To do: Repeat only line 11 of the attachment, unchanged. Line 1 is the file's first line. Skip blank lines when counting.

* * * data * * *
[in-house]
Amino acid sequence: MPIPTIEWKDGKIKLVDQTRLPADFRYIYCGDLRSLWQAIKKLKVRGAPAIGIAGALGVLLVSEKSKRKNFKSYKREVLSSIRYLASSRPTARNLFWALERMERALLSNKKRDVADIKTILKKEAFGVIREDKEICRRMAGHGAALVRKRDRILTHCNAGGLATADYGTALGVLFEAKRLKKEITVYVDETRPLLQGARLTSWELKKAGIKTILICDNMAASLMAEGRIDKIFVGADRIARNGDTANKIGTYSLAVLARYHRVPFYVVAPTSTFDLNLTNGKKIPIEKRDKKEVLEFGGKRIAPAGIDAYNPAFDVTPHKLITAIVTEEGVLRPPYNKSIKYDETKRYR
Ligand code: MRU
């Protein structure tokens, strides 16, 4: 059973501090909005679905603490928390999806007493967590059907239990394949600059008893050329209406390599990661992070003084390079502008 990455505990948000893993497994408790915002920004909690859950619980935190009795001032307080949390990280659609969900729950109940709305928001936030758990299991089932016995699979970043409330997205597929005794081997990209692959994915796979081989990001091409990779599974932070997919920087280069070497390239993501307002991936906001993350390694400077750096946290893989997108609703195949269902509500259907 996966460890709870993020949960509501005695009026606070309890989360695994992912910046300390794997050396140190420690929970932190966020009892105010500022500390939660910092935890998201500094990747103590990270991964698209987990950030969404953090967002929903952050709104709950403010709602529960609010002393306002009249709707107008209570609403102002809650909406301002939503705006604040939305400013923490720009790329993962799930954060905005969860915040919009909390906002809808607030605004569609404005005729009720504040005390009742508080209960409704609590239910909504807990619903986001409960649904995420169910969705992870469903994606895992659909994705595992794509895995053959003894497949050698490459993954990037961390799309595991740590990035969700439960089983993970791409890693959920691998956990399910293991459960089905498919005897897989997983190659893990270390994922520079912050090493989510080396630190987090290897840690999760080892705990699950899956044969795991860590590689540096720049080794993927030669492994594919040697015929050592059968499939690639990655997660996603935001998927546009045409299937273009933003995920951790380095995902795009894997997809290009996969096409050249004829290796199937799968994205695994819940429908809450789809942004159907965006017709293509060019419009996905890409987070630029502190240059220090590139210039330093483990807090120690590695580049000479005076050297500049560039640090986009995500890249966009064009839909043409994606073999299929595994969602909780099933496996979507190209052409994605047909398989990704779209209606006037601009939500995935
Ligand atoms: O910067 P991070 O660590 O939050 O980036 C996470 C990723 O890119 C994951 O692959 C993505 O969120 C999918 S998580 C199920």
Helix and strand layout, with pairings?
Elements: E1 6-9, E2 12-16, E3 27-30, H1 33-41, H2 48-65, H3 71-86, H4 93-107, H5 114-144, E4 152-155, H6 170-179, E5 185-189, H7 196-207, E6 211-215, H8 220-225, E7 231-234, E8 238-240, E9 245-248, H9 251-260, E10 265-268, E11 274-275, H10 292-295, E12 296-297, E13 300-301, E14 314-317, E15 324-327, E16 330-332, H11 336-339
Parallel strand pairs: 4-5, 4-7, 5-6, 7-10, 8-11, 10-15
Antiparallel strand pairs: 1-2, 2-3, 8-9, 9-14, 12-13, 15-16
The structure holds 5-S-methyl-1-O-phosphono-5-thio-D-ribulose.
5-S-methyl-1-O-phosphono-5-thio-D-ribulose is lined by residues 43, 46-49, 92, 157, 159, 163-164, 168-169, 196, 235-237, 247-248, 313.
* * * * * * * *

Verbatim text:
5-S-methyl-1-O-phosphono-5-thio-D-ribulose is lined by residues 43, 46-49, 92, 157, 159, 163-164, 168-169, 196, 235-237, 247-248, 313.